A major component of this course is the Term Project, designed to provide a long-term, hands-on context, in which disciplinary cross-fertilisation can lead to qualitatively different (better?) outcomes in identifying and solving interesting problems. For the Term Project, you are asked to build upon previous research / work in the course and to produce a physical system that can be described as a BIOMIMETIC SMARTSURFACE, subject to the constraints imposed by time, space, resources, and imagination. (You are not to start from scratch.)  You are also given a sizeable budget to demonstrate your collective vision and capabilities. The budget should also be used for printing / display for the final exhibit.


Each team is required to design, build, program and test a ‘biomimetic smartsurface’ that builds on work already completed in the course and makes use of:

  • Biomimicry and/or bio-inspiration
  • Microcontroller programming (Arduino) and circuit building
  • Parametric modeling (Digital Project)
  • Digital fabrication

We have envisaged that each team will be producing something between the size of a tabletop and a mini van. Obviously, this could be a fully functioning unit or a functioning model at scale. This will be presented in a setting of a modern, spacious office building interior (NCRC). The projects must be transportable, installable, and capable of dis-assembly in a short period of time with no modification to the existing building infrastructure. Electrical hook-ups may be present, but additional utilities, supports, capabilities must be negotiated. Each team will have sufficient space to include supporting diagrams, renderings, process, etc.

Blog – Each team member is required to maintain their online course blog describing the intent and progression of their work.

Report – Each team will be required to produce a written report (minimum 15 pages, maximum 20) based on their collaborative project. This project report is intended to present the knowledge and understanding assimilated by team members and the nature of the collaboration during the construction of their project. This illustrated text should document the progress of the work and indicate how the project would be deployed in the field. The report should demonstrate the team’s ability to synthesize and analyze information collected via research, studio practice and empirical study. Each team member’s contribution to the project should be documented.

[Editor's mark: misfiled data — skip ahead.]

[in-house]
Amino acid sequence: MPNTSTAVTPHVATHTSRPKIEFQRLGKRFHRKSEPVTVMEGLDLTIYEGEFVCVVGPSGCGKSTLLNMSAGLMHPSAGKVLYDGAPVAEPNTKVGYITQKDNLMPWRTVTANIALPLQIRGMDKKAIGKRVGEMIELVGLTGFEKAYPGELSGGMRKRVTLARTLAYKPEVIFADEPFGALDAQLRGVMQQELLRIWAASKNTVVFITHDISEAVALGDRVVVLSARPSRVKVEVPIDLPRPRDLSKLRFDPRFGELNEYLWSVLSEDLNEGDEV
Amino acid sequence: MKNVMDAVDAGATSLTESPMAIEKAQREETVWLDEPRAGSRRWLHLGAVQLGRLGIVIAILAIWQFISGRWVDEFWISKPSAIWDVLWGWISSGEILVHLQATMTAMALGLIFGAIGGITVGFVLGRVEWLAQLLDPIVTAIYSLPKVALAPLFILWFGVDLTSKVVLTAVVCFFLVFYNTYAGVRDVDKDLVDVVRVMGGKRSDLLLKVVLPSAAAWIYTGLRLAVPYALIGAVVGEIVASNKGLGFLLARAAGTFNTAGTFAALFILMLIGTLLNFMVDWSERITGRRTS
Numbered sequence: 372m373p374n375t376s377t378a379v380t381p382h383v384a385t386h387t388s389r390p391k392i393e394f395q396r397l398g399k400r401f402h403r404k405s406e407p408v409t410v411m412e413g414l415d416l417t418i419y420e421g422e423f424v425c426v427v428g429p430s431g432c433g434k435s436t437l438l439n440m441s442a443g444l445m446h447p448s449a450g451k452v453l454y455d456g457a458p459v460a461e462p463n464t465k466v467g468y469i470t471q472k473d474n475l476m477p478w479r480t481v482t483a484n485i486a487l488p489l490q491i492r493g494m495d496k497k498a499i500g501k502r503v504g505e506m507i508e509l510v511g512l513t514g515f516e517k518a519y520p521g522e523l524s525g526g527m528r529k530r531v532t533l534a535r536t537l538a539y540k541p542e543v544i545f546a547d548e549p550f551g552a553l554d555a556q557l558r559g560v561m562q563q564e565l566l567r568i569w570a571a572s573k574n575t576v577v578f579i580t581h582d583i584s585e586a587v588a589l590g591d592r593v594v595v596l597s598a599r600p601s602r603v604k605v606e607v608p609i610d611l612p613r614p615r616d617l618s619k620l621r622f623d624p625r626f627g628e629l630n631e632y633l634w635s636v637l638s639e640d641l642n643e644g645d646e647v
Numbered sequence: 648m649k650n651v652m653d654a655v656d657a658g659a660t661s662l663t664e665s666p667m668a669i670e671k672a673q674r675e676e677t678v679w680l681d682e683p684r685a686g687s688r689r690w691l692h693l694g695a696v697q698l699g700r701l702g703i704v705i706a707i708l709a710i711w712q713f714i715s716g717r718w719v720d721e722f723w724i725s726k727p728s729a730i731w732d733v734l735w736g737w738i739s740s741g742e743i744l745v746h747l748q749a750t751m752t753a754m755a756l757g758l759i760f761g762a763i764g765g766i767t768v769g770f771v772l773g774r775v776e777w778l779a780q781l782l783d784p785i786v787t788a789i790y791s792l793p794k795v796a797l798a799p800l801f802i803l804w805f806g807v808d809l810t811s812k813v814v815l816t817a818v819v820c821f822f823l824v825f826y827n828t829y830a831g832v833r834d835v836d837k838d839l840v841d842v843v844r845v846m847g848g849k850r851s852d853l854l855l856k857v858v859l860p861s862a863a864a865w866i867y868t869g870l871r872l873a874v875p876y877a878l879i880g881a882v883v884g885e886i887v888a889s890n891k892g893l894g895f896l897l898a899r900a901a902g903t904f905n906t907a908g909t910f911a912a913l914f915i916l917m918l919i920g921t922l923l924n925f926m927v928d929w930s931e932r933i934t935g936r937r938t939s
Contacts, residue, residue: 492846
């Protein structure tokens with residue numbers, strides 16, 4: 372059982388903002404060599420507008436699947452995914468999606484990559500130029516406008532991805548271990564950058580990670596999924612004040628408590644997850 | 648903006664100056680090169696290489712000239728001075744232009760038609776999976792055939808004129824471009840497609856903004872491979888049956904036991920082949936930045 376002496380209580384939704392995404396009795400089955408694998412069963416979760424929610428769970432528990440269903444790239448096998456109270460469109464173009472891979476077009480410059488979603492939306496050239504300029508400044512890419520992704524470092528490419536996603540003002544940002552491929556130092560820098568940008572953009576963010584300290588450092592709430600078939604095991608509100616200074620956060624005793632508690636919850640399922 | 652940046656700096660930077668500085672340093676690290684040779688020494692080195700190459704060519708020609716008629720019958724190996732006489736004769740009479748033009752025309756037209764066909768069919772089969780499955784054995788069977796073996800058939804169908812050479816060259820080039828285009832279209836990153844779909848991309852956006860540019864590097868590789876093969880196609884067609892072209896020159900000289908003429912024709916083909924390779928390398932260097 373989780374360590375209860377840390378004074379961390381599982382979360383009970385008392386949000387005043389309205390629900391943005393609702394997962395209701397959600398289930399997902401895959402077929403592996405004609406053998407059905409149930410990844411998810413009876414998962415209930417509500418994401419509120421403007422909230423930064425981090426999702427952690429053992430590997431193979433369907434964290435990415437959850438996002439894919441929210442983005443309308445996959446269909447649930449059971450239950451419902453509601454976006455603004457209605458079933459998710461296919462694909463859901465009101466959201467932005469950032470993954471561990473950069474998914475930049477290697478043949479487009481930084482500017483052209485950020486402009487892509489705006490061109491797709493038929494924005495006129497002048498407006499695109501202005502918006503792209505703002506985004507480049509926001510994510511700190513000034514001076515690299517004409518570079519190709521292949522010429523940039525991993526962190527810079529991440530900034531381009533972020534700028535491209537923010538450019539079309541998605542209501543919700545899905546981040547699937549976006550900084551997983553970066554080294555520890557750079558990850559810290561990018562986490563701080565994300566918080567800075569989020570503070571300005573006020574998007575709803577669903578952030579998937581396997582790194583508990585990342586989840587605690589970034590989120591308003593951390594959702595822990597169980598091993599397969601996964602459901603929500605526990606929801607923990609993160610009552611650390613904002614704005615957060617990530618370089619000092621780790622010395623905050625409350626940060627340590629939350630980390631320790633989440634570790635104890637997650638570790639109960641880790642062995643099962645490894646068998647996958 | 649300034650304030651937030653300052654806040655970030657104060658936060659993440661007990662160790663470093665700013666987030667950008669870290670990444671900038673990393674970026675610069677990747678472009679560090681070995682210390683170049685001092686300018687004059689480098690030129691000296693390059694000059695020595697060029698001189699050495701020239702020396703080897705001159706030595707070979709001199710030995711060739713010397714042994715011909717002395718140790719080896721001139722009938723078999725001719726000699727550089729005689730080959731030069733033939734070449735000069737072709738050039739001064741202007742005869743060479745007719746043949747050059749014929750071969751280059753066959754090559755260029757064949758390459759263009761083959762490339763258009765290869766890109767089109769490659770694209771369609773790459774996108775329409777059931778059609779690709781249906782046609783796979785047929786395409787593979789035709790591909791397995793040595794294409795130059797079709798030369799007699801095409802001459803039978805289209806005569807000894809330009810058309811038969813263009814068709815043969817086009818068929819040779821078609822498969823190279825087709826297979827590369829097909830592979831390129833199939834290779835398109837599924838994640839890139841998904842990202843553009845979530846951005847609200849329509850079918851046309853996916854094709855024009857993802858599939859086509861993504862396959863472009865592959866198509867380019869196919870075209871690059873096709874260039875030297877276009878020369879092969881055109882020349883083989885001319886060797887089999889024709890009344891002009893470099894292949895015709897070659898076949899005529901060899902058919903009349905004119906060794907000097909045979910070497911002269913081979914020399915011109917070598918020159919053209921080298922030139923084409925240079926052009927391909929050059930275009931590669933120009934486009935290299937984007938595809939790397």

The assessment criteria to measure a team's achievement will be based on the following:
  • How well the team is judged to integrate the capacities of the multidisciplinary team members.
  • How well the design criteria developed early in the course is synthesized for defining the project and its goals and criteria.
  • How well the team engages in the careful planning of a project where structural, mechanical and electrical systems are fully realized.
  • How well the project coordinates between computational and physical resources.


  • Ability to establish and maintain a collaborative framework.
  • Commitment to a thorough investigation of design ideas through iterative research, drawings, and models.

EVALUATION CRITERIA - Resolution and Synthesis

  • Thoroughness and thoughtfulness of project and presentations.
  • Commitment and care toward fabrication and documentation of operational prototypes.
  • Resolution of final presentation and product.
  • Ability to communicate ideas effectively (verbal and visual).
  • Ability to critically evaluate one’s own work.

Team 1: Neural Window Reef

This installation is a platform for the communal interaction of automated robots that observe and respond to activity in their environment. These robots reside in small clusters that can wirelessly communicate with neighboring clusters to tell them about real-time environmental conditions. In response to changing conditions, the robots come alive through flexing and luminescence.

Bethany Glesner, MATSCIE
Jason Prasad, MATSCIE
Alex Carmichael, ARCH
Joyce Tseng, ARCH
Jim Christian, A&D
Chris Parker, A&D

Team 2: Wall of Leaves

Our surface consists of many panels with geometries designed to transmit and reflect light to give the illusion of leaves blowing in the wind. When the top panels are rotated, the result is a cascade of rotating panels in which each panel's motion is activated by the panel above it. This effect is triggered by motion and proximity.

Diana Goulding, MATSCIE
Christopher Sketch, MATSCIE
Patrick Ethen, ARCH
Simon Rolka, ARCH
Betsy Cordes, A&D
Daniel Connors, A&D

Team 3: Ferro-field

Ferro-field is a elongated table-like structure which uses electromagnets to manipulate ferrofluid. A magnetic field is created in response to the user's presence and a simple wave of the arm causes a rippling effect across the fluid.

Melany Mioduszewski, MATSCIE
Josiah Cornett, MATSCIE
Mo Harmon, ARCH
Keegan Schreider, MATSCIE
Carlo Lorenzetti, A&D
Ekta Shah, A&D

Team 4:  Firefly Cloud

Various types of LEDs diffusely illuminate a wall comprised of straws. Mimicking a swarm of fireflies, the lights flee and evade according to motion detection. The soft texture generated by the straws, in concert with ‘moving’ LEDs, offers a unique visual experience and gives users the childhood feeling of playing with fireflies.

Steven Madsen, MATSCIE
Kevin Yien, MATSCIE
Chris Niswander, ARCH
Jordan Stoewsand-Kryscio, ARCH
Mallory Baran, A&D
Michael Theodore, A&D

Team 4 is supported by the ThingM Seed Program.